Friday, 12 February 2016

Profiling pupils for resilience

Bounce Back is a classroom resiliency programme devised by two Australian psychologists - Dr Helen McGrath and Dr Toni Noble. They are both former teachers who now work in teacher training colleges.

"Bounce Back is based on a two-prong approach to resilience."

Environmental Factors

"The first prong recognises the importance of external factors in a person`s life that help them feel resilient and cope with life`s inevitable ups and downs."

Personal Coping Skills

"The second prong in the Bounce Back approach to building young people`s resilience in the classroom is to develop their personal coping skills. The specific ways they suggest include encouraging more optimism, use of humour and acceptance. McGrath and Noble add to these a number of other coping skills which are vital for resilience."
"The authors have been influenced by the Positive Psychology movement. They are aware of the dangers of deliberate, artificial attempts to build young people's self-esteem and Bounce Back doesn't include the 'all about me' type of activities which can encourage too much self-focus."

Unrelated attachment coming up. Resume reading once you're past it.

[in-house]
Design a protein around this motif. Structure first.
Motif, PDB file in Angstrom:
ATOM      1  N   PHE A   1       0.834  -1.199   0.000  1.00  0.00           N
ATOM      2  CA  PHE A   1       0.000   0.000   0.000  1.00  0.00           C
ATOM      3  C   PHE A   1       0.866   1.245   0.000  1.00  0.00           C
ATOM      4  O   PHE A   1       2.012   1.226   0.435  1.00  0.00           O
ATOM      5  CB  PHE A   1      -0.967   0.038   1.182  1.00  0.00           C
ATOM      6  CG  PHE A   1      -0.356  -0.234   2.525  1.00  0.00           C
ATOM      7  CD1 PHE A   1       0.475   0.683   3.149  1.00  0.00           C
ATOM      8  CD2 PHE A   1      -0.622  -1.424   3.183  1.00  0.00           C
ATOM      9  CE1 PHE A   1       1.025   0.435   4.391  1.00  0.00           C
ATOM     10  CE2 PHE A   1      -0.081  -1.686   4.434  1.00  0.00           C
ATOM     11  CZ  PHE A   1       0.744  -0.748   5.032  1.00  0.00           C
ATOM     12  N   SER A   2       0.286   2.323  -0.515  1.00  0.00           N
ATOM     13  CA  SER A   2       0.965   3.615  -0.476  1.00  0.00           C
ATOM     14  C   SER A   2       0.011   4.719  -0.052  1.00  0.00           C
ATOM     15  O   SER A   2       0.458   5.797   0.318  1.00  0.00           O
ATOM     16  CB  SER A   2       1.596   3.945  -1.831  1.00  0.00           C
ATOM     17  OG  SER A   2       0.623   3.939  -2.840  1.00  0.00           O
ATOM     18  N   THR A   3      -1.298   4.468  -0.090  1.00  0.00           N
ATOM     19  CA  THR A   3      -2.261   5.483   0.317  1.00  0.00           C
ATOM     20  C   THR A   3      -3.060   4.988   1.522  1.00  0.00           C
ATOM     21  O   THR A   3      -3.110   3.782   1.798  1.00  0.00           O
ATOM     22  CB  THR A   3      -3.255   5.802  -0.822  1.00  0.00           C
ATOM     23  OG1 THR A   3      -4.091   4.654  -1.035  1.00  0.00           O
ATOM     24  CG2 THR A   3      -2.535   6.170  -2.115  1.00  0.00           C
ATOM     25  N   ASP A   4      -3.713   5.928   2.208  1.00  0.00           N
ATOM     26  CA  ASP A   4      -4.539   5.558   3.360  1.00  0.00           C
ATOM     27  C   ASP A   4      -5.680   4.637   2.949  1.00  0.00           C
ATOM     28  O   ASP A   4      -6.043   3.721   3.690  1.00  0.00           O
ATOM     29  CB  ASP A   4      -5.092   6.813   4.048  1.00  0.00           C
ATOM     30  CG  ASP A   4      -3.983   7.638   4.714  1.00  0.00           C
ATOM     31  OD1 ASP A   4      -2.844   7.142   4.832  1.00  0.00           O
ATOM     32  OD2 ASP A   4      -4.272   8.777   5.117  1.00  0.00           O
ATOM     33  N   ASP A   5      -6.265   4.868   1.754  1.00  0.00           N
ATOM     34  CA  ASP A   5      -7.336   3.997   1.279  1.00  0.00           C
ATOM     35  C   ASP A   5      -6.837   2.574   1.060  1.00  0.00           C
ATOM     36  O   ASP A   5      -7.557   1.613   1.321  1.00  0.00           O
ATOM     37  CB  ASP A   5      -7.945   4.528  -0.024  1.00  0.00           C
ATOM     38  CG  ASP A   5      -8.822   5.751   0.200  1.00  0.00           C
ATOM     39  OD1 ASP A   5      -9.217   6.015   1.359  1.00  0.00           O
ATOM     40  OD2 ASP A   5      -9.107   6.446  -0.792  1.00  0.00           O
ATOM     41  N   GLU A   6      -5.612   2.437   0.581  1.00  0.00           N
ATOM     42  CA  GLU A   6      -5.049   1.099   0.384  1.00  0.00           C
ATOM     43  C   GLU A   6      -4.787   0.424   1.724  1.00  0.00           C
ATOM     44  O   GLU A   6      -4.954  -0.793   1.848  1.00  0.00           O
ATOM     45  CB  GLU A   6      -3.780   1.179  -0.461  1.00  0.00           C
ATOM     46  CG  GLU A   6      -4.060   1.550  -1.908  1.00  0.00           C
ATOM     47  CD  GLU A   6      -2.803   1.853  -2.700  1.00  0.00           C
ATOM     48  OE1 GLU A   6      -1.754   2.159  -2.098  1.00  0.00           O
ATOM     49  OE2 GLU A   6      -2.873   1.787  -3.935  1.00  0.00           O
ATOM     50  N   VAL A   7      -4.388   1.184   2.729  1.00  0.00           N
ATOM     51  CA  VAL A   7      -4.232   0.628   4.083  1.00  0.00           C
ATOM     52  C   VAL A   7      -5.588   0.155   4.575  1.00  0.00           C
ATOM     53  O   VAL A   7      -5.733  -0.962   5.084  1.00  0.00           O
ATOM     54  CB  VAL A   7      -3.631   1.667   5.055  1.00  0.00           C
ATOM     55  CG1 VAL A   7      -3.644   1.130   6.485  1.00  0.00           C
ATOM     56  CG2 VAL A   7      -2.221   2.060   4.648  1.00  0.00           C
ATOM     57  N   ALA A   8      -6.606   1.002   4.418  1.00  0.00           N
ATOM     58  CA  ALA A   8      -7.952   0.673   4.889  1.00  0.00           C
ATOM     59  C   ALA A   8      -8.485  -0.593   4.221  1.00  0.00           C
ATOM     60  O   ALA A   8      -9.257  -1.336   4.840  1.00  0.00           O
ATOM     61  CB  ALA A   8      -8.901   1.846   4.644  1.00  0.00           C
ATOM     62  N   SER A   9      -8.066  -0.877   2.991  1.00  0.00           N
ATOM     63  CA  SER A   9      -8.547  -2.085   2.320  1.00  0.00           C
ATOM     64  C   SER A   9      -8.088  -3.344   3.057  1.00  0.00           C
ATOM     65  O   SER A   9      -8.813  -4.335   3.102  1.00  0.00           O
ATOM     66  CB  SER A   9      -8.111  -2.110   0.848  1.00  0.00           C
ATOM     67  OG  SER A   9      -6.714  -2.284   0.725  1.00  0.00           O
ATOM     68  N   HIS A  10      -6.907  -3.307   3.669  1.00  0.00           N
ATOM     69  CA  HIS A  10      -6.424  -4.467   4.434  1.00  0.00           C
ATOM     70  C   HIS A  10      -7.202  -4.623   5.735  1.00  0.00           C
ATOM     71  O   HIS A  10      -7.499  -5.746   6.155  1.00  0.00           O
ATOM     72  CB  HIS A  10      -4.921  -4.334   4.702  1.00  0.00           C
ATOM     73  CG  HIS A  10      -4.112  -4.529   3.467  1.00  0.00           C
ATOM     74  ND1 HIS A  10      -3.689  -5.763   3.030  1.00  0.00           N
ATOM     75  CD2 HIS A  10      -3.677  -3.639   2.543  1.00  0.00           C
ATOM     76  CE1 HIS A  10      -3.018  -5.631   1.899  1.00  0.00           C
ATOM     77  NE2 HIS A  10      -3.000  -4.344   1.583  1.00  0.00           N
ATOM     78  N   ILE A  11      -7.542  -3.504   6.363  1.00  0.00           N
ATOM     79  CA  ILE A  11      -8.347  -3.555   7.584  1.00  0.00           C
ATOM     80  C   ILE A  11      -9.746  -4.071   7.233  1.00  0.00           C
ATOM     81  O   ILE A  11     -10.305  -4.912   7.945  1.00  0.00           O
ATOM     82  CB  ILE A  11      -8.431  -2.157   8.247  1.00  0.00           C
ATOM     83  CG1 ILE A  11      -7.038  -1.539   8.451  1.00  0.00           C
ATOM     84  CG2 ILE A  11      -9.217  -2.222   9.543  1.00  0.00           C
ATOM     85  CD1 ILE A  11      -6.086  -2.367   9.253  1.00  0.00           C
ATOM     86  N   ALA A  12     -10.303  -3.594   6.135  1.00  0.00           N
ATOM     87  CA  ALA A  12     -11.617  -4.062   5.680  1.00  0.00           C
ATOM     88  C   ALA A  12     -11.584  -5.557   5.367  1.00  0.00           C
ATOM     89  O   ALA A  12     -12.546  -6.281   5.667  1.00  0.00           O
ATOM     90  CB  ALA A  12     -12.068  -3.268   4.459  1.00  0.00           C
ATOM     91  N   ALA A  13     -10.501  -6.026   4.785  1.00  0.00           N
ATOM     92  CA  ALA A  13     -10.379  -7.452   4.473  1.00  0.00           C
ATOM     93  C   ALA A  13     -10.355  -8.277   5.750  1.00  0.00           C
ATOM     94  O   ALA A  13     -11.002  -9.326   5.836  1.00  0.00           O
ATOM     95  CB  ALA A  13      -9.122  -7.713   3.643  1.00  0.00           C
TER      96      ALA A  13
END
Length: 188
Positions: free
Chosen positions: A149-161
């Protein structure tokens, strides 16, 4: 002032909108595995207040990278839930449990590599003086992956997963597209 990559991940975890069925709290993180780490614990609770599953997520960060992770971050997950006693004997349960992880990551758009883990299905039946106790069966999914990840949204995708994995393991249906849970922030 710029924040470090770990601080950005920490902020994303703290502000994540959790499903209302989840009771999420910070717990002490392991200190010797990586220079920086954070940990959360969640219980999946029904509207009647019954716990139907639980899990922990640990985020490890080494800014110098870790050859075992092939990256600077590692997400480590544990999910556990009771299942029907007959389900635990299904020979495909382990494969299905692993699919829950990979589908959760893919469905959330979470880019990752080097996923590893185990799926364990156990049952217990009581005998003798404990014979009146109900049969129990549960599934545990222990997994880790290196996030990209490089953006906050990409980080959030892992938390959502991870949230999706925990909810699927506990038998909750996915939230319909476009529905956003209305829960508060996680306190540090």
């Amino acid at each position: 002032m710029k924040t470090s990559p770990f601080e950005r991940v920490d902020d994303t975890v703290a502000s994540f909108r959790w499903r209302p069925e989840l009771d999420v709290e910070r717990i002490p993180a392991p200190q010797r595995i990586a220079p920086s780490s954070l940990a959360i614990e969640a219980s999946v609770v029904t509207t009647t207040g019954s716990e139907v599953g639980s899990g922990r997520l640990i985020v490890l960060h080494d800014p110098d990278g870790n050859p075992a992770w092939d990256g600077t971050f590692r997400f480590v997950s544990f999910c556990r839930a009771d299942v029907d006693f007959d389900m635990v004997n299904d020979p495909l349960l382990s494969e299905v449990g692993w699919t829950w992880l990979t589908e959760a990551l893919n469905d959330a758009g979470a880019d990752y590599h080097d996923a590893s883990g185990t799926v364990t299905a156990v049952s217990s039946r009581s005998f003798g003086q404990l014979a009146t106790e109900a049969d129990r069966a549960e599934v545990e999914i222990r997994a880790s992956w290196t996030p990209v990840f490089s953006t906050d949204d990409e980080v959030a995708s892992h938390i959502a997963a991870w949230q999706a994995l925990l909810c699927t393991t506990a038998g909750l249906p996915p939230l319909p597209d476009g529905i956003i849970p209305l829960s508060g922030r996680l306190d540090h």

Well, I`m not sure about that.

A study was conducted to ascertain the impact of the Bounce Back programme on resilience, connectedness and wellbeing of children and teachers in sixteen primary schools in Perth and Kinross, Scotland.

Data was obtained from pupils and teachers before and after the programme in order to test its efficacy. No attempt was made to anonymise the data.

Some of the questions were highly intrusive:

  • When a bad thing happens to me, it`s impossible to find anything funny or good about it.
  • Even when I know something can`t be changed, I still get really upset about it.
  • When something goes wrong in one part of my life, I think about the parts of my life that are still good.
  • If something bad could happen I don`t worry too much about it because it probably won`t.
  • If you try, you can change your feelings, even if you`re upset.
What happened to this data ?

Schools are becoming experimental laboratories and places to construct pupils` psychological profiles. It goes way beyond the original purpose of education.

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